If you’re a writer, stress manifests itself when you write and when you don’t. If the writing flows, we say we’re in the zone. When it stops, we agonize over how to kick-start ourselves. When we end a piece, we fuss over the editing process. And when we’re finally finished with it, we ponder whether our creation is worthy enough, then lapse into the insecurity of “what will we write next”?
We all know we have to eat healthy and exercise, but there are other things to consider. One is to stay as organized as possible, and simplify routines, commitments, and clutter. A messy desk doesn’t cause us stress. Not finding the papers we need which are buried in a chaotic heap on our desks causes us to stress.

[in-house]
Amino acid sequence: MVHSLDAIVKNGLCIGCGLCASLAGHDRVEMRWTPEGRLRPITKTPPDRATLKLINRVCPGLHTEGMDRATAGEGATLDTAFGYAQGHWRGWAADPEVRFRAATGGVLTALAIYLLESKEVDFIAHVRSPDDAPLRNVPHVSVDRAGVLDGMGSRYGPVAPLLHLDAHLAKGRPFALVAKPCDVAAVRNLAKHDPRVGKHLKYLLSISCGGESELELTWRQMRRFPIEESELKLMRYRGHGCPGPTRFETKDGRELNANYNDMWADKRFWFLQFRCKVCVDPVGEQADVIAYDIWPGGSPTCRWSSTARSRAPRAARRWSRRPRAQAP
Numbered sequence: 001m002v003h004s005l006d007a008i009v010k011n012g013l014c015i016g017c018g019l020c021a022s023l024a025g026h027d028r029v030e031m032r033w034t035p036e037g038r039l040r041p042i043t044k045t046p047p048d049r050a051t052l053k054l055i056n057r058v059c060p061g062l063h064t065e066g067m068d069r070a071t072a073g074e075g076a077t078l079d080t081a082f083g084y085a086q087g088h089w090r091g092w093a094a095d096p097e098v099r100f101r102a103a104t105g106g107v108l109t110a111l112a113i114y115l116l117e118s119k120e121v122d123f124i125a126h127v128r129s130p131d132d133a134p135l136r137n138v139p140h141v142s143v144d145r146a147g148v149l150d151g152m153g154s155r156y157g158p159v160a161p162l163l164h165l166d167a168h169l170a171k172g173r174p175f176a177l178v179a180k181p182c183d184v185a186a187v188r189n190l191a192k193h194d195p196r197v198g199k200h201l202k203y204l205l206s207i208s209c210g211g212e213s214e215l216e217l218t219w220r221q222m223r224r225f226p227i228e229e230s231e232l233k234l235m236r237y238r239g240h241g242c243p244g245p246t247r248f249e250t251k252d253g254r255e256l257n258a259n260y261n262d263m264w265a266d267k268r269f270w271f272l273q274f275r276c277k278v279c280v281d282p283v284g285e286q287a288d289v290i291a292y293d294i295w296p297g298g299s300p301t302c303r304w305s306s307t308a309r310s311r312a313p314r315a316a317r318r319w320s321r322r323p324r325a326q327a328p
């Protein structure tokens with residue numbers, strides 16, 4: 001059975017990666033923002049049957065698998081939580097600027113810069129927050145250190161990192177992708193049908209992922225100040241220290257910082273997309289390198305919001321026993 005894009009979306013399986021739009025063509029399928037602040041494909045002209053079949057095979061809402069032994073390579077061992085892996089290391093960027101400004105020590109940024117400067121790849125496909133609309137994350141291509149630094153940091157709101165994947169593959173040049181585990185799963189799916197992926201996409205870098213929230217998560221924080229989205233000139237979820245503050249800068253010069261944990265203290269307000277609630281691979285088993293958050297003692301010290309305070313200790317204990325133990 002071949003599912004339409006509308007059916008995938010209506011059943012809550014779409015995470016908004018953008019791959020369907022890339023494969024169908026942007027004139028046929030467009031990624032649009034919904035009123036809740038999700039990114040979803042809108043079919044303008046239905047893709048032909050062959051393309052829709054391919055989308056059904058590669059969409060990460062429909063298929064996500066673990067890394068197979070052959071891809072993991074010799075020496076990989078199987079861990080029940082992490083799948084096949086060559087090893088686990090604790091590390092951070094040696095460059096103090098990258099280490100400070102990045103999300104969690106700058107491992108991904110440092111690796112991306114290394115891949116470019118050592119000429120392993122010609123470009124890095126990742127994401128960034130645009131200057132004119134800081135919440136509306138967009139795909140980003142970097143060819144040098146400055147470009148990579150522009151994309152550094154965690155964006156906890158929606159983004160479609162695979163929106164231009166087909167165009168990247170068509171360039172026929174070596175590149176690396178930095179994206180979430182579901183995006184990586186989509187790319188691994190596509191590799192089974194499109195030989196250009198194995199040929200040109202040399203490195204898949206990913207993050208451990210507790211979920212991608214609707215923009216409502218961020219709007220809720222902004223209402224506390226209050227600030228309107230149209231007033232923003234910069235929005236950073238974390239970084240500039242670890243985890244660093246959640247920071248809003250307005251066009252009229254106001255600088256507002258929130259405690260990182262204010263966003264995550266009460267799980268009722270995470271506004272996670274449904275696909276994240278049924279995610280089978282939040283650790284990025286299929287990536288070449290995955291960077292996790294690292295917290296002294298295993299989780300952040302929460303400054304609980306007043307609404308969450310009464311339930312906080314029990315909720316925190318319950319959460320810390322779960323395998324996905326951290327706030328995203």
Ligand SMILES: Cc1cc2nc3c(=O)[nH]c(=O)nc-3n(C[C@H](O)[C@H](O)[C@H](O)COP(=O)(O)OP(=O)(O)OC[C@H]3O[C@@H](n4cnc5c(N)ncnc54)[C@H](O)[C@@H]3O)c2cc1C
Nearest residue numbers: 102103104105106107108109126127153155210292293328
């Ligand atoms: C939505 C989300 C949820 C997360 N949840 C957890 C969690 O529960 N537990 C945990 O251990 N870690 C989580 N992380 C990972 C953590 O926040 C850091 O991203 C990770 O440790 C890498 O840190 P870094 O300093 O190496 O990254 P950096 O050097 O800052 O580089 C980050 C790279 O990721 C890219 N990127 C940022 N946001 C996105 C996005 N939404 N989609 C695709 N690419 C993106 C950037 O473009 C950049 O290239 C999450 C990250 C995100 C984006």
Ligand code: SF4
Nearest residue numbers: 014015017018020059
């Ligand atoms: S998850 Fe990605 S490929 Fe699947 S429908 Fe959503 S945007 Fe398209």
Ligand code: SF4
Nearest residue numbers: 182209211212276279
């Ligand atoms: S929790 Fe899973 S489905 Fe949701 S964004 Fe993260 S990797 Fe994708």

We also need to let go of multi-tasking and slow down. We’re in a society that says we can do it all. We want to write, but not upset our family’s routine or our commitments to others, so we rush, rush, rush. Maybe it’s time to go back to the single task philosophy our parents used. Maybe it’s time to streamline our time and eliminate unnecessary commitments. Instead of the mental “to do” list which stretches for miles in our mind, it’s time to write down a realistic “to do” list and only put down five essential tasks we want to complete in a given time.
And lastly, here is my favorite de-stressor idea. I’m giving myself permission to have free time for myself—whether it’s to do a hobby, read, travel, or just take time off from writing without guilt. Life doesn’t have to be about always accomplishing things—always placing the next word on the page. After all, productivity has never been a synonym for happiness.